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01/03/07 02:25 PM  
westmalle tripel clone hops?
I'm working on a westmalle tripel clone and "Brew like a Monk" has the hop list as tettnanger, goldings and saaz.

What order would you put those in?

01/03/07 03:17 PM  
Re: westmalle tripel clone hops?
Depends on the specifics of the crops - higher alpha first. My guess is more times than not that would put Goldings as the bittering hop, which works well as the other two are nobles.
01/04/07 11:22 AM  
Re: westmalle tripel clone hops?
What's the rational behind "High Alpha's First"?
01/04/07 12:23 PM  
Re: westmalle tripel clone hops?
OT but Chris...a local NY brewer made a Westmalle cloned Tripel with all American hops. It dramatically added complexity beyond your wildest dreams. Low IBUs...but tons of great hop flavor.

Just an FYI idea.


01/04/07 12:51 PM  
Re: westmalle tripel clone hops?
To me it matters which hop(s) you like for flavor. The bitterness charge will not give hop flavors, just bitterness.
01/04/07 01:13 PM  
Re: westmalle tripel clone hops?
Loren - sounds cool - do you know what types?
01/04/07 01:17 PM  
Re: westmalle tripel clone hops?


Alexis and Prisma malts, Target and Styrian Golding hops

01/04/07 02:02 PM  
Re: westmalle tripel clone hops?
shoreman, something I picked up from a weekend "advanced homebrew" seminar put on by the AOB back in the 90s. Boiling low alpha hops for a long time extracts bad things from them. Or, if I can remember right, (it was like 10 years ago) I think the instructor said it extracts the "wrong" things from them. He developed beer in a U of Cal/Davis lab for a living so I took it to heart. As a general rule I stay away from low alpha hops when bittering. Tettnanger and be very low alpha, and often Saaz is too. Golding (by this I mean East Kent, my understanding is that Styrian is actually a type of Fuggle) can be medium high, more times than not it would be the big boy of the bunch.
Mike T
01/04/07 02:58 PM  
Re: westmalle tripel clone hops?
There is a thread on the NB board about cloning this beer now: forum.northernbrewer.com/viewtopic.php?t=24774

Here are the three proposed hop schedules, doesn’t look like much consensus, but most people seem to think their clones are pretty good.

75 minutes boil

1.80 oz. E.K. Goldings 5.7% FWH, 24.0 IBU

1.06 oz. Spalt Select 4.75% 75 minutes, 14.1 IBU

0.67 oz. Czech Saaz 3.2% 10 minutes, 2.7 IBU

180 minutes boil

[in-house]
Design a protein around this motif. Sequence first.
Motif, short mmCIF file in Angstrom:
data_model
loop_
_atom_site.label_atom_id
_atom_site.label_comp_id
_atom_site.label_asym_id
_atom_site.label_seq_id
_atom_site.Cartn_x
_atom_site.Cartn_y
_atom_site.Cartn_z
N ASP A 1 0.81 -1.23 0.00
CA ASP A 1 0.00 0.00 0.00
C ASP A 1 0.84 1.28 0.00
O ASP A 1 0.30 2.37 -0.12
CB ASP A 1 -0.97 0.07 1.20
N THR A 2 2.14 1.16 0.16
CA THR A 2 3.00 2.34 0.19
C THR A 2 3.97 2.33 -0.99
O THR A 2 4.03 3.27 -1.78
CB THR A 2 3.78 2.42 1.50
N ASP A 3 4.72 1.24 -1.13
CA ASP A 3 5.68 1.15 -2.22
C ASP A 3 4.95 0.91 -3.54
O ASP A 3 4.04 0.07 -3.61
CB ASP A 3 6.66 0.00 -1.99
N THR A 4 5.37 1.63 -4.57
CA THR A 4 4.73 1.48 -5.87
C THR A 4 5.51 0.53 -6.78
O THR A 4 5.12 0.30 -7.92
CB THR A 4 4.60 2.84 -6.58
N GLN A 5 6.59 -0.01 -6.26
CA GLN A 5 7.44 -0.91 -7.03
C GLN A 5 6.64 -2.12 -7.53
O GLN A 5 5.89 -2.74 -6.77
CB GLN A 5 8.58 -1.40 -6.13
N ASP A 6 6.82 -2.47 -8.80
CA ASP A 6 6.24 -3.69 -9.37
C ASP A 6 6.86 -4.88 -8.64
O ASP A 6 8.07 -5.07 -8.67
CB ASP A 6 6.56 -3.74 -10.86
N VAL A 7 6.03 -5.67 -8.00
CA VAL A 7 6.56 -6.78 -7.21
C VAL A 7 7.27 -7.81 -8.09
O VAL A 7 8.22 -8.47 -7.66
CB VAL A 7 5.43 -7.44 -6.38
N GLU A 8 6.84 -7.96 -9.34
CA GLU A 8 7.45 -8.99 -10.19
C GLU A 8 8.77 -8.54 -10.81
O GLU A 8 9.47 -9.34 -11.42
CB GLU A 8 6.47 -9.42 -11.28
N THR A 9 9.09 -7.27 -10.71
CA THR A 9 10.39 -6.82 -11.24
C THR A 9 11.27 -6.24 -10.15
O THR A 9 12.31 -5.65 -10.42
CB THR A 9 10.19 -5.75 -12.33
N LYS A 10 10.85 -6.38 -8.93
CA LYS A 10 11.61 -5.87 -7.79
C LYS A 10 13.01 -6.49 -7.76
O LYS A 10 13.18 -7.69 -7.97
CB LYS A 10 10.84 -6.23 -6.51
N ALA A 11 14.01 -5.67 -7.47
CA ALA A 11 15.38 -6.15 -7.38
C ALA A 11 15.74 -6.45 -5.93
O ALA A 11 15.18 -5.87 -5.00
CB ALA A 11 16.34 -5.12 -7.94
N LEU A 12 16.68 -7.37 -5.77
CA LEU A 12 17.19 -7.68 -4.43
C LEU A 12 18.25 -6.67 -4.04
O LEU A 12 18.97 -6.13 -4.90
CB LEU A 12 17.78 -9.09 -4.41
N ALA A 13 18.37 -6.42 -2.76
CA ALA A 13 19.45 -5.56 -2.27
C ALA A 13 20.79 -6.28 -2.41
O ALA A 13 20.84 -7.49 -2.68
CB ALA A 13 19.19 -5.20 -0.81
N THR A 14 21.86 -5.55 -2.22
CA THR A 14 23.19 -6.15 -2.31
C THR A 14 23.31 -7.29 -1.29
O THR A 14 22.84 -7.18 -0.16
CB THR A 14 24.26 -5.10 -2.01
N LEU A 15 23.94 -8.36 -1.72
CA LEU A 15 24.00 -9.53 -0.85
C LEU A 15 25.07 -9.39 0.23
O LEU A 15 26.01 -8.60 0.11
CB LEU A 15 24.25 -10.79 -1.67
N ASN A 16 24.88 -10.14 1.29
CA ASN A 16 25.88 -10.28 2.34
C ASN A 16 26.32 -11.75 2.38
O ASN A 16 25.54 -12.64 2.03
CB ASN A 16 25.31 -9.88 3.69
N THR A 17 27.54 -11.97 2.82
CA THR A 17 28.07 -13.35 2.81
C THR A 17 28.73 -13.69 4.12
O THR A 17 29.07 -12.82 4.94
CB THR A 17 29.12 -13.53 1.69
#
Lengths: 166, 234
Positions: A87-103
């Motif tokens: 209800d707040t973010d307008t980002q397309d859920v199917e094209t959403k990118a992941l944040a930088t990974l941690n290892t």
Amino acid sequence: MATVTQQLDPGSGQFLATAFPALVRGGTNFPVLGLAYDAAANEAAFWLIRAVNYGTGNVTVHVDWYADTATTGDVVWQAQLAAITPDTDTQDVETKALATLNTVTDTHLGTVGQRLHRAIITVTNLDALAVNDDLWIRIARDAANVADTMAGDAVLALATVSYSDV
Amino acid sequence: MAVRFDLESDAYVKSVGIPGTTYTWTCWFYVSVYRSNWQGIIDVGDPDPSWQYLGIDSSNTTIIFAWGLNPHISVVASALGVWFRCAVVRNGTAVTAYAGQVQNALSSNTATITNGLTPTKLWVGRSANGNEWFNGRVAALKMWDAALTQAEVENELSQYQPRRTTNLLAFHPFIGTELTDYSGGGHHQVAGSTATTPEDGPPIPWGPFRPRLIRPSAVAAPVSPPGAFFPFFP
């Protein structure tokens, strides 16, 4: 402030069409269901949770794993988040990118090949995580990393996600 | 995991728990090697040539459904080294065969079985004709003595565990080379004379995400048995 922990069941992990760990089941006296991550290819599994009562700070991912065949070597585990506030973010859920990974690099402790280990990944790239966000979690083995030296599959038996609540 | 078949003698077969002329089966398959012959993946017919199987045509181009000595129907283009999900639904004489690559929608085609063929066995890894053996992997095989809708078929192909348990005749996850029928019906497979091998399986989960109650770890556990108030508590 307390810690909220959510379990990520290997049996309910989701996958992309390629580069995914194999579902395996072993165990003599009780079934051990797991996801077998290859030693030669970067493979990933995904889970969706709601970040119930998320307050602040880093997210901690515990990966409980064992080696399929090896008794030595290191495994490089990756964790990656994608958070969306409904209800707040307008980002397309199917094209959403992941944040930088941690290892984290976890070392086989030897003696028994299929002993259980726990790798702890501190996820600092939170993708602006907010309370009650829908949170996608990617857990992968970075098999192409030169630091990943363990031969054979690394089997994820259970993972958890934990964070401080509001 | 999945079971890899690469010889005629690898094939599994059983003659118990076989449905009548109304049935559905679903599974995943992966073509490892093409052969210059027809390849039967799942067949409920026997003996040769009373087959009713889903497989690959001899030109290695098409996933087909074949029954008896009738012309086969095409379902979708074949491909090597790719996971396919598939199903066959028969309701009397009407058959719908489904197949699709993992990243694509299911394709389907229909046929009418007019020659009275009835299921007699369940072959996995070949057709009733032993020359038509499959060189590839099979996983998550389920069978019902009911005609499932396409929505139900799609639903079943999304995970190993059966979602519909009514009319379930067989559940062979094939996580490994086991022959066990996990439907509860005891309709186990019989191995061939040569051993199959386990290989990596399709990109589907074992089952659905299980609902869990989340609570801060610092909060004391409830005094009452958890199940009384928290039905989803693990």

0.90 oz. Styrian Goldings Pellet 5.25 18.2 60 min.

0.90 oz. Tettnanger Tettnang Pellet 4.50 15.6 60 min.

0.50 oz. Czech Saaz Pellet 3.50 1.8 15 min.

0.50 oz. Tettnanger Tettnang Pellet 4.50 2.3 15 min.

70 minutes boil

1.00 oz. Czech Saaz Pellet 3.80 3.6 First WH

2.00 oz. Hallertauer Whole 4.80 23.1 60 min.

0.50 oz. Tettnanger Tettnang Pellet 4.00 4.1 30 min.

1.00 oz. Czech Saaz Pellet 2.80 1.5 5 min.

01/09/07 06:55 AM  
Re: westmalle tripel clone hops?
Low bitterness but he used Simcoe, Sterling and Cascade and then dry hopped with whole leaf Amarillos.

Quite unique...in a style I typically find boring as all hell.

Unspiced as well.

01/09/07 10:14 AM  
Re: westmalle tripel clone hops?
What's boring about a triple? Can you go a little further in to that? Do you like strong goldens better?

Thanks for the info on the hops - I may just make something off pace from the normal hops, who knows. I've been digging this german hop called Saphir - I've only seen it organic (of which I brew all my stuff now) - it's been really nice in wheats.

01/09/07 11:40 AM  
Re: westmalle tripel clone hops?
Most have no character besides the yeast which gets tiring time and time again. Might as well drink 9% Bud.


Saphir is a Hallertau type right? Cool.

01/09/07 11:54 AM  
Re: westmalle tripel clone hops?
Loren- Wow Tripel's taste like Bud????!!! :(
01/09/07 12:02 PM  
This is a homebrew board.
Please bring talk of commercial beers and who tastes like Bud over to the regular BBB.
01/09/07 12:11 PM  
Re: westmalle tripel clone hops?
No problem SteveG. Just answering shoreman's question.


01/09/07 12:27 PM  
Re: westmalle tripel clone hops?

shoreman, are you saying you now brew with only organic hops? What is the difference? Does organic in this context mean that there are no pesticides used or that sort of thing?

01/09/07 02:04 PM  
Organic hops
One more butt in, since I like hops.



Organic hops have come a long way in recent memory (more than just Organic NZ Hallertau!). A local brewpub made an Organic Double IPA that was out of this world. I was heritant it could be pulled off with organic hops...but sure enough. Best beer they've put out yet.

01/09/07 03:53 PM  
Re: westmalle tripel clone hops?
Thanks Loren.

Steve G - these are all organic hops - you cna read more at breworganic.com. I actually brew full organic now with malts, sugars, hops, etc. Check out my site for info - www.shoremanorganicales.com

The biggest difference I have seen is in the clarity of my ales and the higher efficiency, higher efficiency = less money spent on grain.